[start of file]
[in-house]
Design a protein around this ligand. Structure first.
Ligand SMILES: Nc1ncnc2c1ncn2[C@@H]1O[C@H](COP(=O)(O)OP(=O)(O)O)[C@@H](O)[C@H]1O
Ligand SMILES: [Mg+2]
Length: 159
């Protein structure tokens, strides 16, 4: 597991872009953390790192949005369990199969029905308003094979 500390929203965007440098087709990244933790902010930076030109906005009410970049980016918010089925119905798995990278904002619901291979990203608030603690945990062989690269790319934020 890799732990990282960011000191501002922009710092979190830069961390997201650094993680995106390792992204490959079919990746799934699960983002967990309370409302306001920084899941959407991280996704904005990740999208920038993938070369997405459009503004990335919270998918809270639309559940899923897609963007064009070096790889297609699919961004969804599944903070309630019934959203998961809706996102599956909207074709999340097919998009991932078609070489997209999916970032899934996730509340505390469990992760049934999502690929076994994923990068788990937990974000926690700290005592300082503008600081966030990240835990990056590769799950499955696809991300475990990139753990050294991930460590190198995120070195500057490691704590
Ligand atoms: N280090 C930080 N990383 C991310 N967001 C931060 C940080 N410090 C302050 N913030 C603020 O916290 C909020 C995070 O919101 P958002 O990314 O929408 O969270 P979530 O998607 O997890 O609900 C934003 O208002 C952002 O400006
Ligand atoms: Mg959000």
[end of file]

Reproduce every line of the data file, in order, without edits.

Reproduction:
[in-house]
Design a protein around this ligand. Structure first.
Ligand SMILES: Nc1ncnc2c1ncn2[C@@H]1O[C@H](COP(=O)(O)OP(=O)(O)O)[C@@H](O)[C@H]1O
Ligand SMILES: [Mg+2]
Length: 159
């Protein structure tokens, strides 16, 4: 597991872009953390790192949005369990199969029905308003094979 500390929203965007440098087709990244933790902010930076030109906005009410970049980016918010089925119905798995990278904002619901291979990203608030603690945990062989690269790319934020 890799732990990282960011000191501002922009710092979190830069961390997201650094993680995106390792992204490959079919990746799934699960983002967990309370409302306001920084899941959407991280996704904005990740999208920038993938070369997405459009503004990335919270998918809270639309559940899923897609963007064009070096790889297609699919961004969804599944903070309630019934959203998961809706996102599956909207074709999340097919998009991932078609070489997209999916970032899934996730509340505390469990992760049934999502690929076994994923990068788990937990974000926690700290005592300082503008600081966030990240835990990056590769799950499955696809991300475990990139753990050294991930460590190198995120070195500057490691704590
Ligand atoms: N280090 C930080 N990383 C991310 N967001 C931060 C940080 N410090 C302050 N913030 C603020 O916290 C909020 C995070 O919101 P958002 O990314 O929408 O969270 P979530 O998607 O997890 O609900 C934003 O208002 C952002 O400006
Ligand atoms: Mg959000």